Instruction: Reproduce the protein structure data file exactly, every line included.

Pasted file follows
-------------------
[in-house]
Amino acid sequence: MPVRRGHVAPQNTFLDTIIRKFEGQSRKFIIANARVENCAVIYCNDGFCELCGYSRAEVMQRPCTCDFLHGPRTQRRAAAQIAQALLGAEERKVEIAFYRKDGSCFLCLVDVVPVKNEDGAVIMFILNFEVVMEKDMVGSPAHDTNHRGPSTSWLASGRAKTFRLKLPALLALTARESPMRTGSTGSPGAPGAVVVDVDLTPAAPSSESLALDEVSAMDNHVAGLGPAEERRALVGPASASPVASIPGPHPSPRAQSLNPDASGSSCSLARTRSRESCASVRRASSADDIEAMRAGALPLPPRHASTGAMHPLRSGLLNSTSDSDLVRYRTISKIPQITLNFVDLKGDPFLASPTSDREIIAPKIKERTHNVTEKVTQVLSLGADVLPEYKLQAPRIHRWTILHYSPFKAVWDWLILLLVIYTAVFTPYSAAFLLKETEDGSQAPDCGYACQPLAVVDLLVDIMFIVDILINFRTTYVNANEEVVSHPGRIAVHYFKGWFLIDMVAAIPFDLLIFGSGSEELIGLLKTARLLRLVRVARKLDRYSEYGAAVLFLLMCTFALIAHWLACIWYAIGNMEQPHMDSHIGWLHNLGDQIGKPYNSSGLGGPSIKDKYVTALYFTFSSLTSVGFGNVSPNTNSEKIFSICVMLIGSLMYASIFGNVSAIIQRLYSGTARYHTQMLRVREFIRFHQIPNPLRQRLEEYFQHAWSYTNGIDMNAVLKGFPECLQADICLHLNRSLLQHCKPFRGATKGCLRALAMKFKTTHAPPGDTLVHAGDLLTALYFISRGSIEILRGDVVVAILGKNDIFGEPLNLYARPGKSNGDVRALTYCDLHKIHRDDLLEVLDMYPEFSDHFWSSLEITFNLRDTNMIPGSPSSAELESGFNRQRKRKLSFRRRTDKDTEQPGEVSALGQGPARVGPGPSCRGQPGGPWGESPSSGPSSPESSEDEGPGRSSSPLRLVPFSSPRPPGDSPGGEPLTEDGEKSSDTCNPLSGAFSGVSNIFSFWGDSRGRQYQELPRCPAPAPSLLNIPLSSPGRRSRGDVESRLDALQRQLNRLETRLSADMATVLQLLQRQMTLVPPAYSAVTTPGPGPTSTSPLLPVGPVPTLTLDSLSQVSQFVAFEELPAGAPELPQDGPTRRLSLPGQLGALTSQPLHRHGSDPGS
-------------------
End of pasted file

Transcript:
[in-house]
Amino acid sequence: MPVRRGHVAPQNTFLDTIIRKFEGQSRKFIIANARVENCAVIYCNDGFCELCGYSRAEVMQRPCTCDFLHGPRTQRRAAAQIAQALLGAEERKVEIAFYRKDGSCFLCLVDVVPVKNEDGAVIMFILNFEVVMEKDMVGSPAHDTNHRGPSTSWLASGRAKTFRLKLPALLALTARESPMRTGSTGSPGAPGAVVVDVDLTPAAPSSESLALDEVSAMDNHVAGLGPAEERRALVGPASASPVASIPGPHPSPRAQSLNPDASGSSCSLARTRSRESCASVRRASSADDIEAMRAGALPLPPRHASTGAMHPLRSGLLNSTSDSDLVRYRTISKIPQITLNFVDLKGDPFLASPTSDREIIAPKIKERTHNVTEKVTQVLSLGADVLPEYKLQAPRIHRWTILHYSPFKAVWDWLILLLVIYTAVFTPYSAAFLLKETEDGSQAPDCGYACQPLAVVDLLVDIMFIVDILINFRTTYVNANEEVVSHPGRIAVHYFKGWFLIDMVAAIPFDLLIFGSGSEELIGLLKTARLLRLVRVARKLDRYSEYGAAVLFLLMCTFALIAHWLACIWYAIGNMEQPHMDSHIGWLHNLGDQIGKPYNSSGLGGPSIKDKYVTALYFTFSSLTSVGFGNVSPNTNSEKIFSICVMLIGSLMYASIFGNVSAIIQRLYSGTARYHTQMLRVREFIRFHQIPNPLRQRLEEYFQHAWSYTNGIDMNAVLKGFPECLQADICLHLNRSLLQHCKPFRGATKGCLRALAMKFKTTHAPPGDTLVHAGDLLTALYFISRGSIEILRGDVVVAILGKNDIFGEPLNLYARPGKSNGDVRALTYCDLHKIHRDDLLEVLDMYPEFSDHFWSSLEITFNLRDTNMIPGSPSSAELESGFNRQRKRKLSFRRRTDKDTEQPGEVSALGQGPARVGPGPSCRGQPGGPWGESPSSGPSSPESSEDEGPGRSSSPLRLVPFSSPRPPGDSPGGEPLTEDGEKSSDTCNPLSGAFSGVSNIFSFWGDSRGRQYQELPRCPAPAPSLLNIPLSSPGRRSRGDVESRLDALQRQLNRLETRLSADMATVLQLLQRQMTLVPPAYSAVTTPGPGPTSTSPLLPVGPVPTLTLDSLSQVSQFVAFEELPAGAPELPQDGPTRRLSLPGQLGALTSQPLHRHGSDPGS